The First Day
So, after fishing with this bait for the first time, what did I think?
Well, one of the things that I noticed is that the bait did start vibrating immediately as I started the retrieve. No need to snap it forward to get it started. That was a big plus.
For comparison sake, though, the bladed jigs that I make myself also do this 🙂
Another thing that I also noticed was that the vibration was tight. It wasn’t a wide wobble or heavy vibration like what I get from my own bladed jigs. That doesn’t make it bad; just different. It had a tighter wiggle. Some of this may be attributed to the trailer I was using, since it had no real swim tail on it. But most of it was due to the style and shape of the blade.
In light of it having a tighter wiggle and less-than-thumping vibration, I surmise that it won’t work as well in muddy water as a bladed jig with a more definitive thump. I haven’t proven that, but the science behind underwater vibration and how bass find their prey would tend to lean toward that conclusion also.
And Then There Was Summer
Oddly, I never did catch any giant bass on it. I did catch one decent bass, but nothing that would make me rave about it.
Was it the bait’s fault? Not at all. It just kind of played out that way due to many other factors. I actually didn’t catch many huge bass on my own bladed jigs last year, either.
So, What About It?
What about this bait that costs $20?
Well, let me start to run down what I liked and what I didn’t like about it after using it for a season.
First, it definitely catches fish. That’s a given. It worked well. It also has its own unique aspects, such as the blade attachment mechanism.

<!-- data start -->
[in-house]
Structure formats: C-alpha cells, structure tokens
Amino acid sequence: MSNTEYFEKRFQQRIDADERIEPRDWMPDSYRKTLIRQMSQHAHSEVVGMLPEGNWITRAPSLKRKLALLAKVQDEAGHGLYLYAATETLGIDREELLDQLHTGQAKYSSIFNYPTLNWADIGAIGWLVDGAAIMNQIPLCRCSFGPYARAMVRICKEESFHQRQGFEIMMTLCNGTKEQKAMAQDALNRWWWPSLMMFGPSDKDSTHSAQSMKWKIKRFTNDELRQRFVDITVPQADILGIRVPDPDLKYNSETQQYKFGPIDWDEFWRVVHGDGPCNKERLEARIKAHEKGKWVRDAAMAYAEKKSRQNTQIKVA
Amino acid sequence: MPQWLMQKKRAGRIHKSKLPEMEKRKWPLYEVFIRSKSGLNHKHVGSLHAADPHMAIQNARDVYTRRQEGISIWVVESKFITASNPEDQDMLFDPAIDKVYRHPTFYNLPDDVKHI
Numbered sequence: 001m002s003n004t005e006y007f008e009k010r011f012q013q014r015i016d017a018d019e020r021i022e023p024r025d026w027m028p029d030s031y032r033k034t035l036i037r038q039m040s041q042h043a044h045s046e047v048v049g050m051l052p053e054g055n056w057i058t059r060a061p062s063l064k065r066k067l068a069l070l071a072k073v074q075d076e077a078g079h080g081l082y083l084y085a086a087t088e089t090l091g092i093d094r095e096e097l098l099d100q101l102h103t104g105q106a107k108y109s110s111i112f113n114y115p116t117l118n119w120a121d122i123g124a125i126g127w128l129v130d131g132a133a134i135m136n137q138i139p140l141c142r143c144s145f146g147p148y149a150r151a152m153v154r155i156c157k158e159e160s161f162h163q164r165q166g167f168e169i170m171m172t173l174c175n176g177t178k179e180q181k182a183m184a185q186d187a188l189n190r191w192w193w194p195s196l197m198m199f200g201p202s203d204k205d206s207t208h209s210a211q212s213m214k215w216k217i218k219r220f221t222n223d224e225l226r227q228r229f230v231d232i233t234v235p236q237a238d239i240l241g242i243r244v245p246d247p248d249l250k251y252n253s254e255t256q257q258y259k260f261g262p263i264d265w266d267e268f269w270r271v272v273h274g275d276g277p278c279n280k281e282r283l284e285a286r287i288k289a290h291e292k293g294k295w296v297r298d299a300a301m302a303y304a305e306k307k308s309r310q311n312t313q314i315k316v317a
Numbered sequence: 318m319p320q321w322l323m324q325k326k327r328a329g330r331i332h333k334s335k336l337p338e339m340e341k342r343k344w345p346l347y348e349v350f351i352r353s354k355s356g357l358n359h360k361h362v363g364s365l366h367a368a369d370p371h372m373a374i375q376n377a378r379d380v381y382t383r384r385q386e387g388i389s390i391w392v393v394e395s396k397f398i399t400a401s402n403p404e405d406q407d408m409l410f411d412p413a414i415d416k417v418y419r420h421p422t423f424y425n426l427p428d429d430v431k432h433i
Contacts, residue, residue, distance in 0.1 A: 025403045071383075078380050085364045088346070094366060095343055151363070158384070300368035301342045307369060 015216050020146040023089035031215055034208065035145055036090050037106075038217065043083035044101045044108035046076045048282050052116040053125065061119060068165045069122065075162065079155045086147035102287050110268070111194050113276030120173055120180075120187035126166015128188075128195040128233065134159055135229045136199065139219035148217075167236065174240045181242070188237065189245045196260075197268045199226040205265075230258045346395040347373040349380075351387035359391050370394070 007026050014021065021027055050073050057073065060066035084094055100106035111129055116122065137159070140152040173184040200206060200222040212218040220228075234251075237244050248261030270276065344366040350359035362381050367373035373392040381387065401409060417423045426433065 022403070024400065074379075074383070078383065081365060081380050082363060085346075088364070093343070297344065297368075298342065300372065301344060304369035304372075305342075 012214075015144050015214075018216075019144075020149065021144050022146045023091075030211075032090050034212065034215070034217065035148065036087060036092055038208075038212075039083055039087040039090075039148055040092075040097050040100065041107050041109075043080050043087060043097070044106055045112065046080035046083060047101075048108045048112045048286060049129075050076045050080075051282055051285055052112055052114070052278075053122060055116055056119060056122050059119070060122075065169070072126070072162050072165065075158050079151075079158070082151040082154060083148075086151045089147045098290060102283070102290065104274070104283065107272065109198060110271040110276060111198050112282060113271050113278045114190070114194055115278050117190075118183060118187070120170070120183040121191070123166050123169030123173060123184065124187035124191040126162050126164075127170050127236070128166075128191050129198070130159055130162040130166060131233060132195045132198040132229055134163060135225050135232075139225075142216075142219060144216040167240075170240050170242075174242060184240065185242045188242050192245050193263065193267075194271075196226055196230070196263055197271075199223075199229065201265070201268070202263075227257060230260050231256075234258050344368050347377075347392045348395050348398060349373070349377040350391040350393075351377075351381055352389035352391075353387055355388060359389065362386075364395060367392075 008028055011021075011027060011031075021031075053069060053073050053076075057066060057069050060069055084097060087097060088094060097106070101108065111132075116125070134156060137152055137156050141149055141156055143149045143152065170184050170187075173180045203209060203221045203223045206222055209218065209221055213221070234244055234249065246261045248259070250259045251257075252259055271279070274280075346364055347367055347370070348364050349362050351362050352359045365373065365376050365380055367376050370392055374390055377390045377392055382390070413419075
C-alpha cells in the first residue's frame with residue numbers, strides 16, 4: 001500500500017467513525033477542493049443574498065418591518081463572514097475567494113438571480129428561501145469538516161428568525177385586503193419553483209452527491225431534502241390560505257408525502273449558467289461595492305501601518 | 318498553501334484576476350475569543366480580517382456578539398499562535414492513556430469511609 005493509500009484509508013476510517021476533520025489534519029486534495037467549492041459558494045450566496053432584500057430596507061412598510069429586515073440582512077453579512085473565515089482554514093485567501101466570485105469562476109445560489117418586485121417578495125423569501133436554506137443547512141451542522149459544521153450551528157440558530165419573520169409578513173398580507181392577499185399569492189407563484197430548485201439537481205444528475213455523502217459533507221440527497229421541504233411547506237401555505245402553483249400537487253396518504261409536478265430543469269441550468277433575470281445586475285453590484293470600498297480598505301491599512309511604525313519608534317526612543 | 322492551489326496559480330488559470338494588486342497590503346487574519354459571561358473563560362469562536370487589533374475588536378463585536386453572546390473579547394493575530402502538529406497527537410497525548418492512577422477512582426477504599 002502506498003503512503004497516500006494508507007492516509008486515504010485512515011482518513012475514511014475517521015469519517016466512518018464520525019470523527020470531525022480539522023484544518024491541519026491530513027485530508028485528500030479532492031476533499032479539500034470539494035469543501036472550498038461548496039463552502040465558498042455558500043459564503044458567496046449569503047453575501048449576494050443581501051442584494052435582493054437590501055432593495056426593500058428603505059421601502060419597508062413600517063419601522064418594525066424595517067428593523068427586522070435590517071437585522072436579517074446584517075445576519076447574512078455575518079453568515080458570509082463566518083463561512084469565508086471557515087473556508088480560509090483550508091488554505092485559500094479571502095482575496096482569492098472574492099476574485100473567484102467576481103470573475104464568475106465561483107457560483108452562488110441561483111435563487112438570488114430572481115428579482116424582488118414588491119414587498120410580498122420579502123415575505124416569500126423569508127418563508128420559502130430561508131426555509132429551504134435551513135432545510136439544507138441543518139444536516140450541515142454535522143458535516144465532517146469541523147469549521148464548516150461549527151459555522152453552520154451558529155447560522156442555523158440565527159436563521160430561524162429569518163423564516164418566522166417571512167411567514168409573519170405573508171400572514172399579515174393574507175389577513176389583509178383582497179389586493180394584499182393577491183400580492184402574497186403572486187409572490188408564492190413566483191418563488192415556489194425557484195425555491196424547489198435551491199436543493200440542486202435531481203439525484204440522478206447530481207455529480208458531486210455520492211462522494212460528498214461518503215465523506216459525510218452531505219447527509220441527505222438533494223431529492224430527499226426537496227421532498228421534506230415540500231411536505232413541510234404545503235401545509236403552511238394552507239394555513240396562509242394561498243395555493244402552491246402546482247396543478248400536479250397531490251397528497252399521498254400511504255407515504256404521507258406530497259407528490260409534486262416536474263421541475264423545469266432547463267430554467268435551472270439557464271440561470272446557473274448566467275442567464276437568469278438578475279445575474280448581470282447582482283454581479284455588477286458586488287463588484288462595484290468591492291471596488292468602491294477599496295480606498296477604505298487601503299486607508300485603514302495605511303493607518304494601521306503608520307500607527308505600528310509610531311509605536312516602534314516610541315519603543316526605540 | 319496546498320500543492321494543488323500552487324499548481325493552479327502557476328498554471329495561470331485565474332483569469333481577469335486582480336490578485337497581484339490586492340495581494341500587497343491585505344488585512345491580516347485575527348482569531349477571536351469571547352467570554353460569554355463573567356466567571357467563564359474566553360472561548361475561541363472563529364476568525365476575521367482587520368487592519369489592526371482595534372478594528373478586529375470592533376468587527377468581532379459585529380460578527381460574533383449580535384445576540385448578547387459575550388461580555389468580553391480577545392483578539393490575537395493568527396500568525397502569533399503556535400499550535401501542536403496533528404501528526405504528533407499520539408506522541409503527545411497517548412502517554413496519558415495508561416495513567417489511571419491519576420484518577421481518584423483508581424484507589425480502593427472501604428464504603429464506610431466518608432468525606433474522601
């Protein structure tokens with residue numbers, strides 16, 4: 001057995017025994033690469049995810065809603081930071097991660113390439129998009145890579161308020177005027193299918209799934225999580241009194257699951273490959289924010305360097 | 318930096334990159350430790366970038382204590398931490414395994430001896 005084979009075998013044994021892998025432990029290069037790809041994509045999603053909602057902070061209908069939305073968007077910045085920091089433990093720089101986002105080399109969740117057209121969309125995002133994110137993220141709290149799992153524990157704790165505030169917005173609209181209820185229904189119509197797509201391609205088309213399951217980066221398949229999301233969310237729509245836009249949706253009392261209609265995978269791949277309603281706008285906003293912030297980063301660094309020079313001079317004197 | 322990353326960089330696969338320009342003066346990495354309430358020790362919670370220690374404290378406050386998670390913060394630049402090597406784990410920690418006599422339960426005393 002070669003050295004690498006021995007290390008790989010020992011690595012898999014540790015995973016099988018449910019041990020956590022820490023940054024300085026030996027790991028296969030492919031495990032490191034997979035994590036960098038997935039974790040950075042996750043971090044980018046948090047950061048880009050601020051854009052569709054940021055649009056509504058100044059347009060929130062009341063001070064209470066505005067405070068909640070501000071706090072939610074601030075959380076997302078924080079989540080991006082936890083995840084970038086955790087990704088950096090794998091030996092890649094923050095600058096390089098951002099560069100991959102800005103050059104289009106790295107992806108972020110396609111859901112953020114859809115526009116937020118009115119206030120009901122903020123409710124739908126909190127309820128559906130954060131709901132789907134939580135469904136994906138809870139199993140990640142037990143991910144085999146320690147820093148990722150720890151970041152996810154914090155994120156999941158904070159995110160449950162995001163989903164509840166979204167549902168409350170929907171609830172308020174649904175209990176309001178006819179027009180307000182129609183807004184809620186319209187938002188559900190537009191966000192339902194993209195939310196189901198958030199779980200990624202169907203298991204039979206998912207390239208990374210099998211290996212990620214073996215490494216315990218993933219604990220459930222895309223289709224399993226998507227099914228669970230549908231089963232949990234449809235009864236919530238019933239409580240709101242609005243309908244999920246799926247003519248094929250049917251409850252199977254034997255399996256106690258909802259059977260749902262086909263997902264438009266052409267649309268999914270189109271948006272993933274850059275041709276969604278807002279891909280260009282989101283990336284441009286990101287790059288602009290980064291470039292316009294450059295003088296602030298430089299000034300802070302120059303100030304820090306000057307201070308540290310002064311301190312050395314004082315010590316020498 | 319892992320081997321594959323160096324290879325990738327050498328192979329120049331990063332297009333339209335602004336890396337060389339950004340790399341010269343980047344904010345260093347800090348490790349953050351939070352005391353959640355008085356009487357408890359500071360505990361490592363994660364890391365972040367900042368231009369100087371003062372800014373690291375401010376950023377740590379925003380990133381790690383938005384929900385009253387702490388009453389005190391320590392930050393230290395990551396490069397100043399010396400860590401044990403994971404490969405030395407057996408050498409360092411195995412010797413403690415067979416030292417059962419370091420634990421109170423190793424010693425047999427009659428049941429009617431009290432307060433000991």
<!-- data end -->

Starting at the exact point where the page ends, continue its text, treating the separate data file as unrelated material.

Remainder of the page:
The finish held up well. It is definitely a quality finish, just as my initial impressions stated.
The entire bait held up well, in fact. The skirt stayed intact. The blade stayed attached. The hook was strong, stayed sharp and showed no signs of corrosion over the course of an entire season of use.
A Couple Other Things to Mention
A lot of people tend to compare this bait to the original Chatterbait and wonder why it costs so much more. And while the two baits are similar, they are also different.
Here’s why I say that.
The original Chatterbait is still the only bladed jig in the market that uses the unique way of attaching the blade directly to the jig head. The Jackhammer follows in those footsteps, using a similar attachment type.
The head of the Jackhammer is unique in its design, with a low center of gravity that forces the bait upright as soon as hits the water. This obviously helps immensely with starting the bait vibrating right away when you start the retrieve.
The position of the jig’s eye causes the blade to hit the head, creating a ticking sound that the fish definitely hear. This will definitely lead to some chipping of the paint on the front of the head. That chipping, though, isn’t terrible or very noticeable. Nor is it in a big area. It is isolated to the very front corners.
The hook is a Gamakatsu heavy gauge hook that should stand up to anything you dish out. And as I mentioned above, the hook doesn’t rust. It’s definitely a premium hook.
Other Features Worth Discussing